The Mitsubishi Pajero is still a much loved family car sold for relatively little, offering roominess, off-road prowess, dependability and simplicity, mainly because it’s based on robust, 19th century technology.

It’s been around so long the Japanese have had plenty of time to fool around with all kinds of spin offs and limited editions, and they actually had a pretty good idea when they did the pint-sized Mitsubishi Pajero Junior based on a tiny key car.

Although it was short lived, built from 1995 to 1998 the Pajero Junior spawned quite a few specials, some certainly more ‘special’ than others. They called one of them the Pajero Junior Flying Pug, and they gave it a facelift off a London black cab.

On the move, it looked quite bad, and stationary, when you could really get a good look at it, it looked even worse. No wonder people didn’t buy it, and this oddity never made it out of its domestic market either, so even though Mitsubishi planned to make something like a thousand Flying Pugs, the poor thing only found 139 homes.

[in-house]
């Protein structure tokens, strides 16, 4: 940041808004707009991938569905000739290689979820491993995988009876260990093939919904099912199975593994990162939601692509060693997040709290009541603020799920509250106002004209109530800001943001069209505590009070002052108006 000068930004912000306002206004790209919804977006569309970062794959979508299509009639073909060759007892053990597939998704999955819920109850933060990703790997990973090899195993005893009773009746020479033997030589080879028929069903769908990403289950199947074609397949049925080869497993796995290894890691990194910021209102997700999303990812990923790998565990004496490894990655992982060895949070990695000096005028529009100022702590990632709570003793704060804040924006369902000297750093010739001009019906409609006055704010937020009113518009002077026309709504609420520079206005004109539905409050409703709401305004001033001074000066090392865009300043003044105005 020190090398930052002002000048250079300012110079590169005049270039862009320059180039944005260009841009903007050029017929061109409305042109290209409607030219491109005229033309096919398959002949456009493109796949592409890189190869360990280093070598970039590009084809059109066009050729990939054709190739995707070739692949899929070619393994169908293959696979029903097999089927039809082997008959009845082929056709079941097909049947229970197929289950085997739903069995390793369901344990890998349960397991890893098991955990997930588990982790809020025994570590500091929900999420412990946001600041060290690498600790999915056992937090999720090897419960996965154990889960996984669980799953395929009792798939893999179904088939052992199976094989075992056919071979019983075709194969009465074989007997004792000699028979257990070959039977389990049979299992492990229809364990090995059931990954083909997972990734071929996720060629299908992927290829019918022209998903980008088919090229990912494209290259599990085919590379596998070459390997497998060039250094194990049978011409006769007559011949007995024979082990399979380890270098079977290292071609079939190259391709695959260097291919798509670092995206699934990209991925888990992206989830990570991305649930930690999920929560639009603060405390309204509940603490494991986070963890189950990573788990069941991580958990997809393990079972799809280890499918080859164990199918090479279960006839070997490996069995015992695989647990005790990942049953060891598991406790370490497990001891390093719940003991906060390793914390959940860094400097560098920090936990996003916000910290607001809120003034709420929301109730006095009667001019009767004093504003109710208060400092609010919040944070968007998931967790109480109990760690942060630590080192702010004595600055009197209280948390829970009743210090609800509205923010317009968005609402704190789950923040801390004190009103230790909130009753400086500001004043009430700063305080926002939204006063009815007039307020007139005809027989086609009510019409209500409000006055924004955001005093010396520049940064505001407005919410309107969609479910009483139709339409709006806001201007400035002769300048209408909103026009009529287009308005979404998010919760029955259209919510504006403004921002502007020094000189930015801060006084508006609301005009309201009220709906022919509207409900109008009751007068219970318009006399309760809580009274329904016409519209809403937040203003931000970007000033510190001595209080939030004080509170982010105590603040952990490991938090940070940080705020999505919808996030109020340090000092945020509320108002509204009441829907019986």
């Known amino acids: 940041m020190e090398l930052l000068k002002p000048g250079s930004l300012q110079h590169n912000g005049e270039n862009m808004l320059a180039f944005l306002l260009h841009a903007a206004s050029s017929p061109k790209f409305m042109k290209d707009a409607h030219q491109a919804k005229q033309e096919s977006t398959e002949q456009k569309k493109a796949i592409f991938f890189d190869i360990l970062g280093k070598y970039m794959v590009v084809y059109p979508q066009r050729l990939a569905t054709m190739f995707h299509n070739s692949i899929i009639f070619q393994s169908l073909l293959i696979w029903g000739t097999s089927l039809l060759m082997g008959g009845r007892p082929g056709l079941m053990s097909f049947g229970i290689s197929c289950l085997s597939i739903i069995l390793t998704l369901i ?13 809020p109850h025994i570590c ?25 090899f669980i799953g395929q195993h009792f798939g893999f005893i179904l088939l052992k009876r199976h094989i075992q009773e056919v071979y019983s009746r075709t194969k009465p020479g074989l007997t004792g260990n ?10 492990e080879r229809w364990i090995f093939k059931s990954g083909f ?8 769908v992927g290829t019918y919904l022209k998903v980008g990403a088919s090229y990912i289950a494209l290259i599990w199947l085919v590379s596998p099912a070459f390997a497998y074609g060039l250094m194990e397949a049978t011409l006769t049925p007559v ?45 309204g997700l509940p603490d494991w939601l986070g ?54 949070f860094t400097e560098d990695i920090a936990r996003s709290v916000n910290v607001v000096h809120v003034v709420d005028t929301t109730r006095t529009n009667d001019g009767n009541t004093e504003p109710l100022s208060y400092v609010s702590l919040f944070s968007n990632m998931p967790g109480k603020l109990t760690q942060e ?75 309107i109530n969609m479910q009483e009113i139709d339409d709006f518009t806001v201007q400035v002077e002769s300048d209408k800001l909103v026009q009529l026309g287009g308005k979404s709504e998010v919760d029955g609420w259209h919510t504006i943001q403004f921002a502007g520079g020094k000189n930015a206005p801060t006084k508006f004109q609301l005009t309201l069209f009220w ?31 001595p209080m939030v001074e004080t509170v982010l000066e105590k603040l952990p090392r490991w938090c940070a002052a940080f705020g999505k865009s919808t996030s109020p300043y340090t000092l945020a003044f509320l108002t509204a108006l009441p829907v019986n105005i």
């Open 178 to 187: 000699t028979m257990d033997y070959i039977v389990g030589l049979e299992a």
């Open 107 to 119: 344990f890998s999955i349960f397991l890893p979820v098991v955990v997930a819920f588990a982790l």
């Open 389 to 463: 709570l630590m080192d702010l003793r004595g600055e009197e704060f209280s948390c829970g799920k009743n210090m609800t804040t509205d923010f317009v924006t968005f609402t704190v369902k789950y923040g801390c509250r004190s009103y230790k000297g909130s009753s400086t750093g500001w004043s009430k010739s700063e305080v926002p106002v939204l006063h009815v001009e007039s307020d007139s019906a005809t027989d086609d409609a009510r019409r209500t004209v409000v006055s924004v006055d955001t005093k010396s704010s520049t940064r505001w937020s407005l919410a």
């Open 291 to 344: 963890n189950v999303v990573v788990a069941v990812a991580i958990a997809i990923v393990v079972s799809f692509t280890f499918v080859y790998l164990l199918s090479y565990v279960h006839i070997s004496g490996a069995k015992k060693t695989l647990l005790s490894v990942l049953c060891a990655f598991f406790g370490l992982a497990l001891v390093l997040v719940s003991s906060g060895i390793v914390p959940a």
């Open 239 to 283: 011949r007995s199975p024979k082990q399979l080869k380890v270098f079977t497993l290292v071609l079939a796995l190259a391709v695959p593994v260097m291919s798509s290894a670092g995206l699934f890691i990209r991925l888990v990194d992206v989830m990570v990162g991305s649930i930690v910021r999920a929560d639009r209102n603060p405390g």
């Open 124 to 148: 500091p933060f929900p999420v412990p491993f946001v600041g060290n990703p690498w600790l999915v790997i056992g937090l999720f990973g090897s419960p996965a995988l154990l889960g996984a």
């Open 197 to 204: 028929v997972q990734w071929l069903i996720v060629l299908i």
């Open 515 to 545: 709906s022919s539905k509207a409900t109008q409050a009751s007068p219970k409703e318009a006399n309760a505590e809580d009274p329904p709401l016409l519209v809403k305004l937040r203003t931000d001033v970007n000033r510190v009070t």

Everyone in Japan was riding the Brit-retro wave — see Mitsuoka, Nissan Figaro — and Mitsubishi’s intentions were interesting, although picking a London black cab for inspiration was never going to work. If the mug on this thing wasn’t enough to spook you, wait until you get the nasty surprise from the airbag when you fire it up — from 2001 Mitsubishi had to recall all Pajero Juniors for their tendency to blow up in your face at start-up.